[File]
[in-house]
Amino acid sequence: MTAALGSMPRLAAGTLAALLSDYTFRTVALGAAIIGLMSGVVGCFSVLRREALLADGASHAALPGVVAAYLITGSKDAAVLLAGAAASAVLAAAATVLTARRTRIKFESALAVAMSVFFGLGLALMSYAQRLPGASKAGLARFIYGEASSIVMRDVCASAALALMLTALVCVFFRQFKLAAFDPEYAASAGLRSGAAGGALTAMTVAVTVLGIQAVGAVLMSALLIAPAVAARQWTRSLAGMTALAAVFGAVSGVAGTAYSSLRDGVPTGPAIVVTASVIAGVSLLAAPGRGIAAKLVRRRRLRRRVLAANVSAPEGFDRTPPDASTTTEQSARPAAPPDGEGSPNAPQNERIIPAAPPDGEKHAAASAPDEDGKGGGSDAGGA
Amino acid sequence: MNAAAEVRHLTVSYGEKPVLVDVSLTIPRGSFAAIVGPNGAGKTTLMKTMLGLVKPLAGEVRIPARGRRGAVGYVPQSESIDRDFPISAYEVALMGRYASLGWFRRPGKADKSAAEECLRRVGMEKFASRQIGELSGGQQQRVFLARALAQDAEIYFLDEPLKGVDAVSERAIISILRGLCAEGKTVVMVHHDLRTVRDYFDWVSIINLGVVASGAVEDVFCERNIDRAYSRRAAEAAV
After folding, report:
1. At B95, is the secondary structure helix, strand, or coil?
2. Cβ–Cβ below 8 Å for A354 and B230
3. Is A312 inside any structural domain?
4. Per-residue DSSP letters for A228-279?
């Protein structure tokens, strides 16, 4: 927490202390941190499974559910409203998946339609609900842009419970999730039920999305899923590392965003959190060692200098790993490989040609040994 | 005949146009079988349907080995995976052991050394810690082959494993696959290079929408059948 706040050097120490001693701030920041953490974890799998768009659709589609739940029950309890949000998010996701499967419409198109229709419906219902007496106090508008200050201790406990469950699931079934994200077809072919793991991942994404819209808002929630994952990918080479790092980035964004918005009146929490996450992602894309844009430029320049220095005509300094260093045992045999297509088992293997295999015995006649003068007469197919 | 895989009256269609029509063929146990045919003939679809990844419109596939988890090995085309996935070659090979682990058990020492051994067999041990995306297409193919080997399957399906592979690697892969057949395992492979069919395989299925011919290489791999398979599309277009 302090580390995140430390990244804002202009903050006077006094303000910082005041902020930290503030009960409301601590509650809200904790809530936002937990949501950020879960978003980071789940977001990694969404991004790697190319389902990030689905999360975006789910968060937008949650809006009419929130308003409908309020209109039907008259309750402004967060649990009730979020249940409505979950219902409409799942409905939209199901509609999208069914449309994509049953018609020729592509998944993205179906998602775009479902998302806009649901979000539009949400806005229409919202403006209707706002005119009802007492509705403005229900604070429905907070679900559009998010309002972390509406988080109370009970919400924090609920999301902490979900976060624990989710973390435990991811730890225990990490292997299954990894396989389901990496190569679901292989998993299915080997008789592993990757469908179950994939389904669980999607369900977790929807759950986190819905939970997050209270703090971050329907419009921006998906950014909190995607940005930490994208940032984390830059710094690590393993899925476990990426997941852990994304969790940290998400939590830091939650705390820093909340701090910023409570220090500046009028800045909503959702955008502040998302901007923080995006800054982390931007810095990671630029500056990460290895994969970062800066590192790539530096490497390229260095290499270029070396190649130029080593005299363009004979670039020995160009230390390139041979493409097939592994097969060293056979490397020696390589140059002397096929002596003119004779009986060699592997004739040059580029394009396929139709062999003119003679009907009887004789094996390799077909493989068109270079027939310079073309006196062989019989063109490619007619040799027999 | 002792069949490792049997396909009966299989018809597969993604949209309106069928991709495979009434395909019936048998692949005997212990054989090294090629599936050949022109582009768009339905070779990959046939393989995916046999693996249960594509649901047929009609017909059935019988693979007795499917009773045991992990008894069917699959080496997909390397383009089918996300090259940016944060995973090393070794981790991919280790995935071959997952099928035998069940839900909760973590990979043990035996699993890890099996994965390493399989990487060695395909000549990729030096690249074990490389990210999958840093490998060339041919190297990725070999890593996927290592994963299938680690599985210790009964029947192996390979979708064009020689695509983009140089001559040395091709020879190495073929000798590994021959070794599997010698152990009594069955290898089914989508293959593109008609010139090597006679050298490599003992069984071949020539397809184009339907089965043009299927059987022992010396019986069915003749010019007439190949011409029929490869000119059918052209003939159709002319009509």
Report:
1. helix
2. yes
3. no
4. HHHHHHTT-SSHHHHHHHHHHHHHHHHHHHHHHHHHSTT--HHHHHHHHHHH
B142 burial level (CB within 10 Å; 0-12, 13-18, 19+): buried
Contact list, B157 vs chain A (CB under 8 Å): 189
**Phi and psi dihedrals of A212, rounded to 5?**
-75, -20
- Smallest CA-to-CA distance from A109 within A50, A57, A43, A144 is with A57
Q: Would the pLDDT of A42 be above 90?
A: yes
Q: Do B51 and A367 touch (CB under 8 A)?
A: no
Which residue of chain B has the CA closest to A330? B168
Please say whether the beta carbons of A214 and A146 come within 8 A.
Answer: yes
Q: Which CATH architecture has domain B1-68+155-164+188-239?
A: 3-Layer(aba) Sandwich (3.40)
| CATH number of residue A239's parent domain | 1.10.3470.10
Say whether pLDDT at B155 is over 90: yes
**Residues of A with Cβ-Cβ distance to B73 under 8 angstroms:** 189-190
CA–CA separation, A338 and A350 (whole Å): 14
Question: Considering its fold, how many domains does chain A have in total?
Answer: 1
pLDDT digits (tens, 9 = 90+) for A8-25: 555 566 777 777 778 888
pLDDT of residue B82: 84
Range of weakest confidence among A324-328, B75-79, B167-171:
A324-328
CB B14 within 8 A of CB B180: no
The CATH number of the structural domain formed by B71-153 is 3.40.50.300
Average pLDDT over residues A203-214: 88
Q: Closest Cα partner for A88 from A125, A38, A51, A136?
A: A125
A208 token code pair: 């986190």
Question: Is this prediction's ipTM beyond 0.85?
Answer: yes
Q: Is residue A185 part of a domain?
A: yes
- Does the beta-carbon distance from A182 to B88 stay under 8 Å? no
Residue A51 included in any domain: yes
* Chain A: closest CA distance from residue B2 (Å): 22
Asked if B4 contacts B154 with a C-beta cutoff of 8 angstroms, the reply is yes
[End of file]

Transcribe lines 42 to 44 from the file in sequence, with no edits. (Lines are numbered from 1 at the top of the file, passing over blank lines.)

Q: Closest Cα partner for A88 from A125, A38, A51, A136?
A: A125
A208 token code pair: 């986190």